The Ugandan government has announced plans to regain the role of primary operator of the country’s power infrastructure.
The East African reported that technocrats have been looking closely at the concession of South African utility Eskom, which operates the Kiira and Nalubale generation dams. Eskom’s contract is due to expire in five years.
According to media, Uganda Electricity Generation Company Ltd (UEGCL) is already preparing to carry out repairs at Nalubale dam. The dam was built in 1954; experts have highlighted that it has passed its lifespan.
Eskom, as per concession agreements, should fix any anomalies in the dam; however, UEGCL’s intended active involvement raises questions about whether the government is making a u-turn on its privatisation policy.
“Those are our assets and Eskom’s contract is ending in five years so there is no way it can invest in the dam,” said UEGCL chief executive Harrison Mutikanga.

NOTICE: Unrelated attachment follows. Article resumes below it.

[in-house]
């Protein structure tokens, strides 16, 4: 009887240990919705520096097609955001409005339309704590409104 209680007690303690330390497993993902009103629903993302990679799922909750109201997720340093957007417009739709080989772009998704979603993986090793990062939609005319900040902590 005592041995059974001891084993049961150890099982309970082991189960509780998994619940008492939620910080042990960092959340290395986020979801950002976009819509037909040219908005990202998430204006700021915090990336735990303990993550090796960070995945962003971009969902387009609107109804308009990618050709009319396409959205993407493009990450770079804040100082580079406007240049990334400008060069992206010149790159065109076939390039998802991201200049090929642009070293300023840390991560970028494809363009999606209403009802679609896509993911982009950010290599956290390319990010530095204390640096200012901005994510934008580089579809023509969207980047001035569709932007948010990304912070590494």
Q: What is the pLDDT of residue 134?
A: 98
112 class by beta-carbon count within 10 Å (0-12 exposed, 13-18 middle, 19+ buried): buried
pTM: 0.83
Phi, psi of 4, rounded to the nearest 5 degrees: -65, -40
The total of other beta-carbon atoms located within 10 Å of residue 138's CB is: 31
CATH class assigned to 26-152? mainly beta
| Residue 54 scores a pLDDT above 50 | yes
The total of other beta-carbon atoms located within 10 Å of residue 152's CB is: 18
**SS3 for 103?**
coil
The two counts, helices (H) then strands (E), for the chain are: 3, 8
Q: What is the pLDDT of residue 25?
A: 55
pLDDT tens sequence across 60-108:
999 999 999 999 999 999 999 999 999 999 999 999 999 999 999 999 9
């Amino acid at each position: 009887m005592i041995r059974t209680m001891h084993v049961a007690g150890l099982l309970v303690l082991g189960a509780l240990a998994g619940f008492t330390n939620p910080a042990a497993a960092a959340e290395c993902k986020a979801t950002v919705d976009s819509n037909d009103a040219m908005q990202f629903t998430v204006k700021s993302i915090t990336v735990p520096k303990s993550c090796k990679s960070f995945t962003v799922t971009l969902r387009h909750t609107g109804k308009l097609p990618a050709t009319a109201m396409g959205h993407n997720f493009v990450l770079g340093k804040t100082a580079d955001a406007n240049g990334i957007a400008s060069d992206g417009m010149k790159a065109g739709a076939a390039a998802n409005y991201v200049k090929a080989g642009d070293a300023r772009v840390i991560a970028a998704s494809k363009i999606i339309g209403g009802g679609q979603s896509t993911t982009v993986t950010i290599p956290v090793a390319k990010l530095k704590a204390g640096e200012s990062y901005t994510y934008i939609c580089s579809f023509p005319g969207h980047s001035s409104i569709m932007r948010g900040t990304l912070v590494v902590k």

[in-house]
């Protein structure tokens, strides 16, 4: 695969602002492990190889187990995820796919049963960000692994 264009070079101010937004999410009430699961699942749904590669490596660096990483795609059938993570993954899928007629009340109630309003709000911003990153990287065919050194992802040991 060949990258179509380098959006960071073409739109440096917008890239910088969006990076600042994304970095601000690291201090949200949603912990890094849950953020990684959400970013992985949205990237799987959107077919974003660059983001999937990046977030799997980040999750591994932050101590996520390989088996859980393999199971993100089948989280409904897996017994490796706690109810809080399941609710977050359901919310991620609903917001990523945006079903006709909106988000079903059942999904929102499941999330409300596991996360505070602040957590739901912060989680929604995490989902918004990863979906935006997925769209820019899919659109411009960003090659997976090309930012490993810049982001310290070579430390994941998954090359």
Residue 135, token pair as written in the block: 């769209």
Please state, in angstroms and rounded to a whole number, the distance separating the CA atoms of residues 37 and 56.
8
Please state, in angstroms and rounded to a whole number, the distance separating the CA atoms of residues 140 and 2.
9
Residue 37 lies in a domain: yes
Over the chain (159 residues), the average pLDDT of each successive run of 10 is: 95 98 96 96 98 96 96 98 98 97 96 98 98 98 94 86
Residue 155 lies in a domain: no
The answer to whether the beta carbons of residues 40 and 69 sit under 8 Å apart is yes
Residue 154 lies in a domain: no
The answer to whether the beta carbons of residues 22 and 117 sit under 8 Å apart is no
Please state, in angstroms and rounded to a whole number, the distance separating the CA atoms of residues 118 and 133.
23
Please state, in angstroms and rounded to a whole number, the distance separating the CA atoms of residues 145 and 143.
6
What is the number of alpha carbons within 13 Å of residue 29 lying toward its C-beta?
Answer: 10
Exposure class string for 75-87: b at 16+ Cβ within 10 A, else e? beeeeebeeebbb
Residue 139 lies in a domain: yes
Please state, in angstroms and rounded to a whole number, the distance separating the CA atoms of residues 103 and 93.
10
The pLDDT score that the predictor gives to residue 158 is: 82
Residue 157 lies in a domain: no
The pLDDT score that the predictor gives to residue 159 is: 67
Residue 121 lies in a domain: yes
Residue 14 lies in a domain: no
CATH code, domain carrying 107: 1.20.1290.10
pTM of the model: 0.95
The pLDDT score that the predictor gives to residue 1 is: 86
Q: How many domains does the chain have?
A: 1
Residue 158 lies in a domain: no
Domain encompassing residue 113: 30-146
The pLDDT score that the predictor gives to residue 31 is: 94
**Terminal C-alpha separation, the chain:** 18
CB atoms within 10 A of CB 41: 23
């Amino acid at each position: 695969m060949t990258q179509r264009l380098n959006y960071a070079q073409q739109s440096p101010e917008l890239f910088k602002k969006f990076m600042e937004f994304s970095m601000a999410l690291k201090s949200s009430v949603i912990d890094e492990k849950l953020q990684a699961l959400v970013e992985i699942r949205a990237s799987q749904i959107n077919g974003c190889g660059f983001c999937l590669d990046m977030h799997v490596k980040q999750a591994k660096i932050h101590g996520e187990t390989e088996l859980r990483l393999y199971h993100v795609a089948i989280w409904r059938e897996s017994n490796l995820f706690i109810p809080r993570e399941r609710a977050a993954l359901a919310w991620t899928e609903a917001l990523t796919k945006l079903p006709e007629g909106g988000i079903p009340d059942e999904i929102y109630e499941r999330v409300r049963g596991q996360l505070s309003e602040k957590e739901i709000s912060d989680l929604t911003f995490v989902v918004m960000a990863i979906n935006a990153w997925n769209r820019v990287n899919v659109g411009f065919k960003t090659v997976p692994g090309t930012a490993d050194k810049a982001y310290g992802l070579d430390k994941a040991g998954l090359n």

“We are going to carry out a cost benefit analysis of the Nalubaale dam. It will help us determine whether to abandon it or not,” Mutikanga added.
Regaining power infrastructure
The East African claims to have seen a document outlining the government’s move to regain divested companies. Top on the list is the electricity sector. Read more…
According to the document, the government is considering amendments to several laws including the Electricity Act 1999 and the Public Enterprises Reform and Divesture Act 1993, to clarify roles of different players, sourcing for funding, making the electricity sector government business and making it mandatory for the private sector to provide internship to students under its new power sector investment plan.
“The government is amending the Public Enterprises Reform and Divesture Act to return the management and oversight roles of all companies to ministries,” reads a report of the Presidential Investors’ Roundtable published in December 2017.
Featured image: Stock